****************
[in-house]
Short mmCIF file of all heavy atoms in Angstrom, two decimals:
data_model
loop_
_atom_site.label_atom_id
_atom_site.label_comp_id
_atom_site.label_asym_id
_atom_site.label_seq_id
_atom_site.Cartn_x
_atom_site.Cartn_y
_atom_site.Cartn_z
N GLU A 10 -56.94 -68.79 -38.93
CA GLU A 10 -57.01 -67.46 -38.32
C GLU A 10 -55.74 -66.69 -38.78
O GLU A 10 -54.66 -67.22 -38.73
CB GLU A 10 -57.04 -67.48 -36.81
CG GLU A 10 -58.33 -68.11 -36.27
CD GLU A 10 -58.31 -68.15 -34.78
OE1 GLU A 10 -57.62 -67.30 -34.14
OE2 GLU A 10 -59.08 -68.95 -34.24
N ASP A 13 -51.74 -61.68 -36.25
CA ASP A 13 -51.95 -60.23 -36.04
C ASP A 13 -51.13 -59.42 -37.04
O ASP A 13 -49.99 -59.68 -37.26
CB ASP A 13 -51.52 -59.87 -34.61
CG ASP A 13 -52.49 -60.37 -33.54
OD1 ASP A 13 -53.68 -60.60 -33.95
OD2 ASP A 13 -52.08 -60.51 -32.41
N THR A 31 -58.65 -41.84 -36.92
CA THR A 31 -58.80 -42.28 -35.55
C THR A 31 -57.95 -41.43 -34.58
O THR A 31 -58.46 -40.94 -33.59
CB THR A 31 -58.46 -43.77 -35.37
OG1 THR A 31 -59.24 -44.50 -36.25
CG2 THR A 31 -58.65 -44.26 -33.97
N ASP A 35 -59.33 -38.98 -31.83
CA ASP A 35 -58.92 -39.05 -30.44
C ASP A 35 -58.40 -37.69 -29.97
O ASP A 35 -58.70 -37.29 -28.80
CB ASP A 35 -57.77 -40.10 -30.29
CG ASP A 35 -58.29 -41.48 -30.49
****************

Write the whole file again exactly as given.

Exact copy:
[in-house]
Short mmCIF file of all heavy atoms in Angstrom, two decimals:
data_model
loop_
_atom_site.label_atom_id
_atom_site.label_comp_id
_atom_site.label_asym_id
_atom_site.label_seq_id
_atom_site.Cartn_x
_atom_site.Cartn_y
_atom_site.Cartn_z
N GLU A 10 -56.94 -68.79 -38.93
CA GLU A 10 -57.01 -67.46 -38.32
C GLU A 10 -55.74 -66.69 -38.78
O GLU A 10 -54.66 -67.22 -38.73
CB GLU A 10 -57.04 -67.48 -36.81
CG GLU A 10 -58.33 -68.11 -36.27
CD GLU A 10 -58.31 -68.15 -34.78
OE1 GLU A 10 -57.62 -67.30 -34.14
OE2 GLU A 10 -59.08 -68.95 -34.24
N ASP A 13 -51.74 -61.68 -36.25
CA ASP A 13 -51.95 -60.23 -36.04
C ASP A 13 -51.13 -59.42 -37.04
O ASP A 13 -49.99 -59.68 -37.26
CB ASP A 13 -51.52 -59.87 -34.61
CG ASP A 13 -52.49 -60.37 -33.54
OD1 ASP A 13 -53.68 -60.60 -33.95
OD2 ASP A 13 -52.08 -60.51 -32.41
N THR A 31 -58.65 -41.84 -36.92
CA THR A 31 -58.80 -42.28 -35.55
C THR A 31 -57.95 -41.43 -34.58
O THR A 31 -58.46 -40.94 -33.59
CB THR A 31 -58.46 -43.77 -35.37
OG1 THR A 31 -59.24 -44.50 -36.25
CG2 THR A 31 -58.65 -44.26 -33.97
N ASP A 35 -59.33 -38.98 -31.83
CA ASP A 35 -58.92 -39.05 -30.44
C ASP A 35 -58.40 -37.69 -29.97
O ASP A 35 -58.70 -37.29 -28.80
CB ASP A 35 -57.77 -40.10 -30.29
CG ASP A 35 -58.29 -41.48 -30.49